RAY LAMONTAGNE: Centered by Solitude

Ray LaMontagne’s alarm clock delivered a life-changing epiphany when it blared Stephen Stills’ “Treetop Flyer” at four in the morning to get him up for his dead-end job at a Lewiston, Maine shoe factory. Most people loathe their alarm clock.


Some smack at it in a bleary-eyed stupor in hope of snoozing for a scant nine minutes. Others simply rip the chord from the wall. Ray LaMontagne’s alarm clock delivered a life-changing epiphany when it blared Stephen Stills’ “Treetop Flyer” at four in the morning to get him up for his dead-end job at a Lewiston, Maine shoe factory.

“It’s like a light went off and everything became very clear to me,” LaMontagne recalls in a measured tone, nearly 12 years later. “That period of my life was a dark, dark time, but I knew at that moment exactly what I wanted to do; I wanted to play music.” Skipping work, LaMontagne bought Stills Alone and a short time later sold his VW van to buy a Martin guitar. As he learned to play, he immersed himself in the canon of classic American music.

“Neil Young, Crosby, Stills and Nash, tons of Bob Dylan, Joni Mitchell, Ray Charles, Otis Redding, Aretha Franklin, The Grateful Dead, The Band, all the mainstays I guess,” LaMontagne remembers. “From the time I was 20 until I was about 26; that’s when I really listened to music. When I wasn’t working, I was listening to records over and over again. I learned how to play the guitar and was just amazed by singers and how a certain turn of a phrase or a syllable can just kill you. I just loved it, loved it, loved it. Then, I bought a piece of land and started working on my cabin. I was cut off from listening to music for years. We didn’t have electricity out there, so that’s really when I started to write my own songs.”

The songs LaMontagne wrote late at night in his cabin in the woods-inspired by his musical heroes and the dark, intimate ambiance of his surroundings-were nothing short of heroic. His soulful vocals fit perfectly with the plaintive songwriting and sparse acoustic guitar-driven melodies. Wrought with despair and anguish, songs like “Burn” and “Jolene” were emotional firestorms teetering on the brink of collapse, while “Shelter” and “Trouble” were exultations of joy. These were classics in the making, heard only by the shadows in LaMontagne’s cabin for years as he mounted the courage to share his music with the outside world.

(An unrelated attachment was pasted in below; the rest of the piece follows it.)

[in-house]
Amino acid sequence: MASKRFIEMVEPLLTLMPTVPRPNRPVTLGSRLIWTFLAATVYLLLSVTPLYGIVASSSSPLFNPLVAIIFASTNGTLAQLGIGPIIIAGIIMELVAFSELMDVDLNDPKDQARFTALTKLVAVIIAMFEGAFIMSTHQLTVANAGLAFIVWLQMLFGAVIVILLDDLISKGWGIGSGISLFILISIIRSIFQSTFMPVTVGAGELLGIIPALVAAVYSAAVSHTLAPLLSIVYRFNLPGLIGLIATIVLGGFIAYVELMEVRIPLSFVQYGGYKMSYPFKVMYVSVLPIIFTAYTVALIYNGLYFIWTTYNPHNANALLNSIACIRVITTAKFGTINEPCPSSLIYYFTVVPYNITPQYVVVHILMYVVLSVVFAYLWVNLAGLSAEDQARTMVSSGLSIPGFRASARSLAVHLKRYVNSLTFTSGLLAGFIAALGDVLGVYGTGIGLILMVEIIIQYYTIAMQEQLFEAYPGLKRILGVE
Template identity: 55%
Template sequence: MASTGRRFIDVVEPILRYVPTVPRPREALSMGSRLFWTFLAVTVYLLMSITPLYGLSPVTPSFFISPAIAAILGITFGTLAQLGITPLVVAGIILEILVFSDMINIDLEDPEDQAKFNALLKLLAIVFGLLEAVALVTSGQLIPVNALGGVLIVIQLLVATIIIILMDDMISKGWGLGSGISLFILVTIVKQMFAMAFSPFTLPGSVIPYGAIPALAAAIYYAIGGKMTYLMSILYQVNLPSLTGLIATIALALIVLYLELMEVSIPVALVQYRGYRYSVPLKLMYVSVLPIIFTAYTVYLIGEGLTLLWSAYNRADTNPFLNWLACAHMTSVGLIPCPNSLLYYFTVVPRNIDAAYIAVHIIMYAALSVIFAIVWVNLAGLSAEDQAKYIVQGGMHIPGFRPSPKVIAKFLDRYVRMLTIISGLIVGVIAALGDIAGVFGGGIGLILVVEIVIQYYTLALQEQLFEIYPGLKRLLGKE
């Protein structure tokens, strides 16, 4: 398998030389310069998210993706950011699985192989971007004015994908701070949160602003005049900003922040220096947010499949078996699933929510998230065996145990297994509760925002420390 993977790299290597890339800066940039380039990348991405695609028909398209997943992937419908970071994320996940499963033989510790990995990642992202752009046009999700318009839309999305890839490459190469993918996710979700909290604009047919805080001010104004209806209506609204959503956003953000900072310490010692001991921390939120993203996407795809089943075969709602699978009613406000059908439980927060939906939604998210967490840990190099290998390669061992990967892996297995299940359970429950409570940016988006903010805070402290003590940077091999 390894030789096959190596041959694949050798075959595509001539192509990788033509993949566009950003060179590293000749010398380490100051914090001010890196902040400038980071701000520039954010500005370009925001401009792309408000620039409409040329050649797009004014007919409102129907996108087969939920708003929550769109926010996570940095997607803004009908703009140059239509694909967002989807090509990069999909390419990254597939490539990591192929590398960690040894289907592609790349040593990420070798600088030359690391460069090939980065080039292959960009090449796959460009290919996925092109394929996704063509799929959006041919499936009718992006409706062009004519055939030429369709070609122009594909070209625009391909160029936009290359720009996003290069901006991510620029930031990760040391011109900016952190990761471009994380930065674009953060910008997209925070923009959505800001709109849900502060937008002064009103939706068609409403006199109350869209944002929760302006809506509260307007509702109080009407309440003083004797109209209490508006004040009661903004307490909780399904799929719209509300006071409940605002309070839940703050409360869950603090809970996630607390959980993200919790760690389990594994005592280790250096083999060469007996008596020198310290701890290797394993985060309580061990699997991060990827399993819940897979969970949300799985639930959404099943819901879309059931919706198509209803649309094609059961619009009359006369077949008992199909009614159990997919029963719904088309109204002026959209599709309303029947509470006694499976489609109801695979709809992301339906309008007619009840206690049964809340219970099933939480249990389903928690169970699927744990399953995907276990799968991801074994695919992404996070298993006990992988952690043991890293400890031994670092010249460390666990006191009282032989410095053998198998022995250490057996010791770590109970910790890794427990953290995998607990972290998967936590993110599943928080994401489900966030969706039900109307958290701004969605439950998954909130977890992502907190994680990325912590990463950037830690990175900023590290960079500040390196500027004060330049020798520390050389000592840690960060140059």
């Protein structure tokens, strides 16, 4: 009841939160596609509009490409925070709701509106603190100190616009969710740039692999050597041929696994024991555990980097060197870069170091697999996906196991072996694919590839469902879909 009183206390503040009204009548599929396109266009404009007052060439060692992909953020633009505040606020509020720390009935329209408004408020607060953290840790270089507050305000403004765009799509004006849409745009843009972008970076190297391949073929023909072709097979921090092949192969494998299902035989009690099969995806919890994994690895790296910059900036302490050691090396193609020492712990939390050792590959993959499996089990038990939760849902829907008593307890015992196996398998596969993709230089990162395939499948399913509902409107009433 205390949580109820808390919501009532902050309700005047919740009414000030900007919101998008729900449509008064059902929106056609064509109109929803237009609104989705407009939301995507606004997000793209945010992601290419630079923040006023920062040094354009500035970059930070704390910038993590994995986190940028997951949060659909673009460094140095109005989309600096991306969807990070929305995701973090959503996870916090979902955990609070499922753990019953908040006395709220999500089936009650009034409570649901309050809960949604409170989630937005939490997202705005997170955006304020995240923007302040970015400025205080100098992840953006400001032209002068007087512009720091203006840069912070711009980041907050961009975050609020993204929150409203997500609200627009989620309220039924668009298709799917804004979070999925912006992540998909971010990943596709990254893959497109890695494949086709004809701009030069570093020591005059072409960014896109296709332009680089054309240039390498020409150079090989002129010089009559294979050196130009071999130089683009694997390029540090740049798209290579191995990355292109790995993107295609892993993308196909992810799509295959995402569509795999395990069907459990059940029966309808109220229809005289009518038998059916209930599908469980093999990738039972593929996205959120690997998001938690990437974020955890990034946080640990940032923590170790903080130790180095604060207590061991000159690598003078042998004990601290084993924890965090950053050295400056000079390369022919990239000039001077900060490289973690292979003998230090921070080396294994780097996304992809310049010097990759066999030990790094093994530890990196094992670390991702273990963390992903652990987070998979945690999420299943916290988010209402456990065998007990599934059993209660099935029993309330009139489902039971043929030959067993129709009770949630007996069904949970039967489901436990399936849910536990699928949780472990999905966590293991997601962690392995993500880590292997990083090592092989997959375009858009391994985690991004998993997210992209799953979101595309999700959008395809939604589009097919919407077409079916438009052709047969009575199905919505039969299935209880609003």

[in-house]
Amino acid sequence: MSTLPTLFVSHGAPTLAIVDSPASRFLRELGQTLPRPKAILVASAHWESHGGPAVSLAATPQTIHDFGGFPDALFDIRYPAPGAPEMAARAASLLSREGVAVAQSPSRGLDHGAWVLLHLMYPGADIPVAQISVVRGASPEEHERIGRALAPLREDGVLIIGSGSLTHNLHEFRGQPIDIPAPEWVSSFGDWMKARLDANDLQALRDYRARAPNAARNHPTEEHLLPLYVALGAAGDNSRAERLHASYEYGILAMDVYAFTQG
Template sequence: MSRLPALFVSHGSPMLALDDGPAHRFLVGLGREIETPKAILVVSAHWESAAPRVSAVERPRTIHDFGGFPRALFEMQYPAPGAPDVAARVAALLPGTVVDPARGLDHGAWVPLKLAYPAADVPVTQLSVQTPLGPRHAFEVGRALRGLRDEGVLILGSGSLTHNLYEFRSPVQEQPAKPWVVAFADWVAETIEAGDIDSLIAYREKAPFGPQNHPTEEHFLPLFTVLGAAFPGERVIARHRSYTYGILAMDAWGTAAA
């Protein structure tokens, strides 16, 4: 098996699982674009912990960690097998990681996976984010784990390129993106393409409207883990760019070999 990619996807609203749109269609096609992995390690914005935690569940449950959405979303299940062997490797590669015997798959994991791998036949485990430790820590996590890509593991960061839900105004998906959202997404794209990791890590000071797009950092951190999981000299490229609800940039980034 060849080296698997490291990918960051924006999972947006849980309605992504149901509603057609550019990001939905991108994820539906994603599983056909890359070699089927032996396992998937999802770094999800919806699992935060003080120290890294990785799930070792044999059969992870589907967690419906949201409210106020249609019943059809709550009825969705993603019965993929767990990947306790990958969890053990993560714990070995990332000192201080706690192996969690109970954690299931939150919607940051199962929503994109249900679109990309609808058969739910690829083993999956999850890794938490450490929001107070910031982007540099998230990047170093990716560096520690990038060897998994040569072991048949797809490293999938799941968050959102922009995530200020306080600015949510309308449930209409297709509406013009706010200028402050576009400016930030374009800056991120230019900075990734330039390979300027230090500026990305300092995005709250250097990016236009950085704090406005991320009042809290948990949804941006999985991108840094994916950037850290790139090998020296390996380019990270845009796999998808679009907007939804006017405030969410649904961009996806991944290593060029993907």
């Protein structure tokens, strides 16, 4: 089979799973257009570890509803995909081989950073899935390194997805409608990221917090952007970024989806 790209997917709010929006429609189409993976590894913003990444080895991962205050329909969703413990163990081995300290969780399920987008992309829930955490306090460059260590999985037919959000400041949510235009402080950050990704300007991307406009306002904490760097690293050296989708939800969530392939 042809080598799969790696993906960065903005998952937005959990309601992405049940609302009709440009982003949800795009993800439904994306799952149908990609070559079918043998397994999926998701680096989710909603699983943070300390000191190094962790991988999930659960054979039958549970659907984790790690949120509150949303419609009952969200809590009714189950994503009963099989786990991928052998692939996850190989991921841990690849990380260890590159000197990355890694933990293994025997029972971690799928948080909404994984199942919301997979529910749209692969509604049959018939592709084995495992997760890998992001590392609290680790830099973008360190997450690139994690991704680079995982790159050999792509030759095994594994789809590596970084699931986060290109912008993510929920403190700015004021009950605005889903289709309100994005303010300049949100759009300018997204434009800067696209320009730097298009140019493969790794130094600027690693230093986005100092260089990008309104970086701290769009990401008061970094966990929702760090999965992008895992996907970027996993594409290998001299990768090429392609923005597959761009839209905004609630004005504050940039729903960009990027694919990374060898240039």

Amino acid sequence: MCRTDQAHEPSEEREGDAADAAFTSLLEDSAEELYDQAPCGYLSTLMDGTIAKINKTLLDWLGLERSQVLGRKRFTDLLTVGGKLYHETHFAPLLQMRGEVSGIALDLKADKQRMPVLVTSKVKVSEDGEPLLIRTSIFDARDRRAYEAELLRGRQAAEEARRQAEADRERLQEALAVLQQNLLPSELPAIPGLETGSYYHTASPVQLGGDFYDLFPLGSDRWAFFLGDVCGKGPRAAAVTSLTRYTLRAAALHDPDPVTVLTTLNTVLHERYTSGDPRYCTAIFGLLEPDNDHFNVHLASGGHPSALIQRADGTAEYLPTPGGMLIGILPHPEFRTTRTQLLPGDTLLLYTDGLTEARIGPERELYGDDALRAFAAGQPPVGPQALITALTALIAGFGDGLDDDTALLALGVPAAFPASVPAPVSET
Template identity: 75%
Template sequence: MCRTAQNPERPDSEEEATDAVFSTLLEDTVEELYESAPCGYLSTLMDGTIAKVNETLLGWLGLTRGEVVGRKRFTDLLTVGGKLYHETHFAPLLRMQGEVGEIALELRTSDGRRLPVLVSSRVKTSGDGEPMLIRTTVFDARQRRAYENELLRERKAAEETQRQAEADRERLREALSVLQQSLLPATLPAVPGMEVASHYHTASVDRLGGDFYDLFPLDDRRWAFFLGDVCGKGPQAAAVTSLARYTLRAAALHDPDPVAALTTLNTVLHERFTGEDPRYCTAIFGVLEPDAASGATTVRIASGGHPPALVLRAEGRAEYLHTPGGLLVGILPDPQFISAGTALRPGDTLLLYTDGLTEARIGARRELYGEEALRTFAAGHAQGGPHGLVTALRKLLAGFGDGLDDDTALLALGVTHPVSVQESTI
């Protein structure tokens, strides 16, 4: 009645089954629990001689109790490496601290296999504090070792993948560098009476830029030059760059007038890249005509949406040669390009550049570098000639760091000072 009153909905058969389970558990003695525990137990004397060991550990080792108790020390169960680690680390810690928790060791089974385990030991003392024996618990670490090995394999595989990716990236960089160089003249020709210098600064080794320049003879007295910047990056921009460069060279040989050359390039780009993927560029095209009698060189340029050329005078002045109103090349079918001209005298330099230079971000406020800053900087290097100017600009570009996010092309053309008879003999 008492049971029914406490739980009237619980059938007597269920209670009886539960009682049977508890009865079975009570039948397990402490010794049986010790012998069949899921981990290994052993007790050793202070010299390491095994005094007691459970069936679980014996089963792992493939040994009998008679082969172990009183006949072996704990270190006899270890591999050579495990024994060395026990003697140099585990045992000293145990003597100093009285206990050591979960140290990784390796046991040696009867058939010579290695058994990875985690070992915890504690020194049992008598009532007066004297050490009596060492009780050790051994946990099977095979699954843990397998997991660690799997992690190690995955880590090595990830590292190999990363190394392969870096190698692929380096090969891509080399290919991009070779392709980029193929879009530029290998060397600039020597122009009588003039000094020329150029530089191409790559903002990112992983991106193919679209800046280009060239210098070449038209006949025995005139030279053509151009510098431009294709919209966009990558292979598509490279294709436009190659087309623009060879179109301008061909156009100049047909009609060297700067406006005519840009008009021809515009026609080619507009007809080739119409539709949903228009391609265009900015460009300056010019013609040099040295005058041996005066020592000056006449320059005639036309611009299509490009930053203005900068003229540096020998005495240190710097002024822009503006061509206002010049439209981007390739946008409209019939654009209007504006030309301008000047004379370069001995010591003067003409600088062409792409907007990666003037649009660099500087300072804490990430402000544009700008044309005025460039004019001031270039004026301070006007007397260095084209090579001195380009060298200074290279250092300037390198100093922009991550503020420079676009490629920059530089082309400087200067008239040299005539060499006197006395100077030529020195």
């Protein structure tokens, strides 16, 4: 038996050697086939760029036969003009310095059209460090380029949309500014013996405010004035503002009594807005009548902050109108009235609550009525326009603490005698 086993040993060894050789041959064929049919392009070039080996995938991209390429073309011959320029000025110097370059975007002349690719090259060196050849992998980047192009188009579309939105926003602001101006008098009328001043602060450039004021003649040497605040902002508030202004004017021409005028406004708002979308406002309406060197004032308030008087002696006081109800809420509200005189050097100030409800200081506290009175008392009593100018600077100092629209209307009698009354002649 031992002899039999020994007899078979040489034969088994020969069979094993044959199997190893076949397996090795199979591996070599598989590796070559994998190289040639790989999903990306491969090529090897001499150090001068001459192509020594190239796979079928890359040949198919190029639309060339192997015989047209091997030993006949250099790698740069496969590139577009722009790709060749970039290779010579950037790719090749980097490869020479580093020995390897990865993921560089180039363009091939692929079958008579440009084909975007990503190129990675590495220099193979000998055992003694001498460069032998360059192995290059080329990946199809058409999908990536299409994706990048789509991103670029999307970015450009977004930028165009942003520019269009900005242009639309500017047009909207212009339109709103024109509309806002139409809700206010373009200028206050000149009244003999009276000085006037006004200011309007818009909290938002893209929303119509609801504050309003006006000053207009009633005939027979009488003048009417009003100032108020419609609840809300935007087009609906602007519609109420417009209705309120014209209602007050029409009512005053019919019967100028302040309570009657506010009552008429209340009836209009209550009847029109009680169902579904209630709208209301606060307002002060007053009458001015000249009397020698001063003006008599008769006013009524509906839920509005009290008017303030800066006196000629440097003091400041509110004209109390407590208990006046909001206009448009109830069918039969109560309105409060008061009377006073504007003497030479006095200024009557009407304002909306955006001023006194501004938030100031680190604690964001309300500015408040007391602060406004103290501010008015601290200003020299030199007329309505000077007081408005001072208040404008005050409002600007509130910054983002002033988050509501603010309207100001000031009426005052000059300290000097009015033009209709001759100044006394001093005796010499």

In the summer of 1999, LaMontagne recorded a 10-song demo, which he shared with a local theater owner, hoping to get some gigs opening for touring folk acts. But it was a gig a few years later at a fan’s company picnic in nearby Portland that led to a phone call from Jamie Cerreta at Chrysalis Music, a leading independent music publisher. As fate would have it, Ethan Johns, son of legendary producer Glyn Johns and an experienced and accomplished producer and musician in his own right, was among the first Cerreta asked to listen to the young songwriter’s music. Johns was overwhelmed with what he heard and offered to produce a cleaner demo that Chrysalis could then shop to major labels.

“We had a very, very, very small amount of money, really enough for studio time and tape,” LaMontagne says. “Once we got started, over lunch one day Ethan just said, ‘Let’s just make a record, man. Forget about making demos. Let’s just make a record.’ He was very generous in that he didn’t take any money to do the record with me. We took two weeks and really quickly went through the material I had and did the best we could. It was a great experience and I definitely wouldn’t trade it for the world. And a big part of that experience was doing it with Ethan. I was pretty much a wreck during that time. I was not very aware of music. At that time, I was living in the cabin and had been for five years. I was completely cut off from what was going on in contemporary music altogether. I listened to records that were 30 years old, and that’s when I could even listen to them. I was a carpenter at that time and I just had a bunch of songs. Ethan knew how to work a tape machine and could play drums really well. That’s really it. He was exactly what I needed and came along at the right time for me in my life.”

The result of LaMontagne’s early morning epiphany and b’shert collaboration with Johns was Trouble, his 10-song debut released in 2004 on RCA Records, which won a multi-label bidding war to sign him. The album has sold nearly half a million copies to date, garnered widespread critical acclaim and drawn comparisons to everything from Joe Cocker and Otis Redding to Van Morrison’s seminal masterpiece, Astral Weeks. Admiration from his musical peers soon followed; Sir Elton John was reported to be a fan, and Kelly Clarkson covered the third single off the album (“Shelter”) on the ReAct Now: Music & Relief benefit concert following Hurricane Katrina. Sheryl Crow name dropped him continually in a recent MOJO interview and listed Trouble as one of her “Top 25 Road Trip Albums.” Allman Brothers guitarist and Gov’t Mule frontman Warren Haynes heard an advance copy of the record in September 2004 and was astounded.

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